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Marysville's Snyder recognized for volunteer work with Providence Hospice
MARYSVILLE — Marysville's Rick Snyder was recognized this year for more than a dozen years of volunteer service to Providence Hospice and Home Care of Snohomish County.
Snyder was one of the winners of this year's Woodrow Award for his efforts on behalf of Camp Erin, an annual summer bereavement program for children and teens from ages 6-17 who are dealing with the deaths of loved ones. This year marked Snyder's seventh Camp Erin, where he works to ensure that everything runs smoothly for the children.
"Rick is truly an exceptional person in our community," said Jenell Harris, development assistant with Providence Hospice. "A rare find is this man."
The weekend-long Camp Erin combines traditional camp activities with education and emotional support facilitated by grief professionals and trained volunteers. Campers meet other children who are coping with similar losses to their own, and are given outlets and resources to come to terms with their feelings about lost loved ones. Snyder found himself sharing his campers' journey two years ago, when he was faced with the death of a close family member.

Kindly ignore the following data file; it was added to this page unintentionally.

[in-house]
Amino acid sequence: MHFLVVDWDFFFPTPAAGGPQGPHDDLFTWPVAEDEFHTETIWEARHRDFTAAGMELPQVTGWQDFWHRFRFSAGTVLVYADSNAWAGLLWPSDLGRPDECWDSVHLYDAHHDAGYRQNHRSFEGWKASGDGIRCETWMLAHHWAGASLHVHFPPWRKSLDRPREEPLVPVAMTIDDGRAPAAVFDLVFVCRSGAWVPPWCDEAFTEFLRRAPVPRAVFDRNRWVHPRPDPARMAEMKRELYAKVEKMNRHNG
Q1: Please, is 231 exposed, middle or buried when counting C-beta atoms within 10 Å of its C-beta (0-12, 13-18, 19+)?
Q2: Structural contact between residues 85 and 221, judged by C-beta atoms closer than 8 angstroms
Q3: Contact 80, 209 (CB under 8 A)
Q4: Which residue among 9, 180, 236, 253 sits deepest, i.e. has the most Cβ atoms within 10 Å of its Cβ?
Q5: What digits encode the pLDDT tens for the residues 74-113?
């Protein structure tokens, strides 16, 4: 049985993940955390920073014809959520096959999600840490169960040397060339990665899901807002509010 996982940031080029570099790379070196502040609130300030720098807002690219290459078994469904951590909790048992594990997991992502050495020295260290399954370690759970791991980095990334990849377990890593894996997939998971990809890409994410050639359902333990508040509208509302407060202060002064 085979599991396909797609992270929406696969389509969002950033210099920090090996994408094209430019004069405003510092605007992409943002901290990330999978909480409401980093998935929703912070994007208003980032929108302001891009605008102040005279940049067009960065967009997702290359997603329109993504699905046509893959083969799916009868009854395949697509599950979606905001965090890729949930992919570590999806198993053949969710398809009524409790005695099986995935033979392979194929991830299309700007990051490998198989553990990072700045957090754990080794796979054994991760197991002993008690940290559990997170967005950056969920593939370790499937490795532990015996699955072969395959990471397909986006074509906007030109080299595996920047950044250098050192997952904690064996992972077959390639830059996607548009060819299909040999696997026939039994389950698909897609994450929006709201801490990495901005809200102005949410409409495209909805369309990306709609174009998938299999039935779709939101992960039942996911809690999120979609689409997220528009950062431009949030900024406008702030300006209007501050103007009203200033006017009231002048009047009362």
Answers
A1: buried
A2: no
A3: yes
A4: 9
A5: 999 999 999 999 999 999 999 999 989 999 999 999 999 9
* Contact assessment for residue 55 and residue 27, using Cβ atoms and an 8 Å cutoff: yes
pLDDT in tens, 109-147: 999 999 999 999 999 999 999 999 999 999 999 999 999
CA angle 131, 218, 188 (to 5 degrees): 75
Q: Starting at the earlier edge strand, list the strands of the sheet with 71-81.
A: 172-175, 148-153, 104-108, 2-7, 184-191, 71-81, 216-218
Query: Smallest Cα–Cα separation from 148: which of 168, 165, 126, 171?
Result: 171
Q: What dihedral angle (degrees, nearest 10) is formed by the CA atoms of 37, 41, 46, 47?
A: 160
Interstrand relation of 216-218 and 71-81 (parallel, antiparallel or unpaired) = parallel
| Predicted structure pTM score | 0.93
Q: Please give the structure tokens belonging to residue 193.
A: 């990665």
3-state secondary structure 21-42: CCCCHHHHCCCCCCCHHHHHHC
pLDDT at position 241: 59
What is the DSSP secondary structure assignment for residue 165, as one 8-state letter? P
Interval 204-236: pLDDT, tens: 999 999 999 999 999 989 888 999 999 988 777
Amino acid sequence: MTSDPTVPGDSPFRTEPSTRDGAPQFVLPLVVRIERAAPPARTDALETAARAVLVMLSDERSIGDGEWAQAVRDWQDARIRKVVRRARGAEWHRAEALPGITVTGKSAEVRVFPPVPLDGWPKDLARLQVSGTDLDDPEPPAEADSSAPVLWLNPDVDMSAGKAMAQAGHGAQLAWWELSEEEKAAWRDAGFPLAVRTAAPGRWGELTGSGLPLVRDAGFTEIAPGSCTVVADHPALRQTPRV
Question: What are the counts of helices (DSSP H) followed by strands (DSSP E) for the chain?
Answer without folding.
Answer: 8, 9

"They wouldn't usually let someone in my position return to help the camp run that year, but because of my faith, I knew I'd be fine," Snyder said. "I got at least as much out of it as the kids did. I worked through my own grief by helping them work through theirs. You get out of life what you put into it."
Snyder got into volunteering for Providence Hospice through his wife's work with the organization, and he urged others to contribute their own time, efforts and resources to help those at the end of their lives with their passing.
"Many years ago, our agency was founded by volunteers who responded to a need they recognized in the community," said Paula Beatty, executive director of Providence Hospice. "Many, many years later, they continue to respond. Our appreciation for their ongoing dedication is deep and heartfelt. We truly could not do it without them."